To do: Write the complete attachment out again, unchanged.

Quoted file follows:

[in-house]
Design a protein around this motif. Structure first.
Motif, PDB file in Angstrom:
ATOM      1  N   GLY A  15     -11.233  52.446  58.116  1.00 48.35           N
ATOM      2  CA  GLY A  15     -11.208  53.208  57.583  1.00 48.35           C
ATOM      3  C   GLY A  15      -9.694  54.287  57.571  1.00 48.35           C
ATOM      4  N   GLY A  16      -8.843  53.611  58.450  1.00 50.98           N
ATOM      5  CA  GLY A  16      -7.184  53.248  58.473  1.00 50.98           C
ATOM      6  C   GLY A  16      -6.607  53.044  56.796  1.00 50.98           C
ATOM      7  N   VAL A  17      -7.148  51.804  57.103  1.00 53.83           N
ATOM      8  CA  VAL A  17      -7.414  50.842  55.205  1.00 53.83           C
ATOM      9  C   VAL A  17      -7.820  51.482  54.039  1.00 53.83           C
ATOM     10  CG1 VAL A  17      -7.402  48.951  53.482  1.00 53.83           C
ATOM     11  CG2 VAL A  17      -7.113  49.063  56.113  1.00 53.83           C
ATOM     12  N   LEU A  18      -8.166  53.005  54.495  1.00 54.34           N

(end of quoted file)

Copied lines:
[in-house]
Design a protein around this motif. Structure first.
Motif, PDB file in Angstrom:
ATOM      1  N   GLY A  15     -11.233  52.446  58.116  1.00 48.35           N
ATOM      2  CA  GLY A  15     -11.208  53.208  57.583  1.00 48.35           C
ATOM      3  C   GLY A  15      -9.694  54.287  57.571  1.00 48.35           C
ATOM      4  N   GLY A  16      -8.843  53.611  58.450  1.00 50.98           N
ATOM      5  CA  GLY A  16      -7.184  53.248  58.473  1.00 50.98           C
ATOM      6  C   GLY A  16      -6.607  53.044  56.796  1.00 50.98           C
ATOM      7  N   VAL A  17      -7.148  51.804  57.103  1.00 53.83           N
ATOM      8  CA  VAL A  17      -7.414  50.842  55.205  1.00 53.83           C
ATOM      9  C   VAL A  17      -7.820  51.482  54.039  1.00 53.83           C
ATOM     10  CG1 VAL A  17      -7.402  48.951  53.482  1.00 53.83           C
ATOM     11  CG2 VAL A  17      -7.113  49.063  56.113  1.00 53.83           C
ATOM     12  N   LEU A  18      -8.166  53.005  54.495  1.00 54.34           N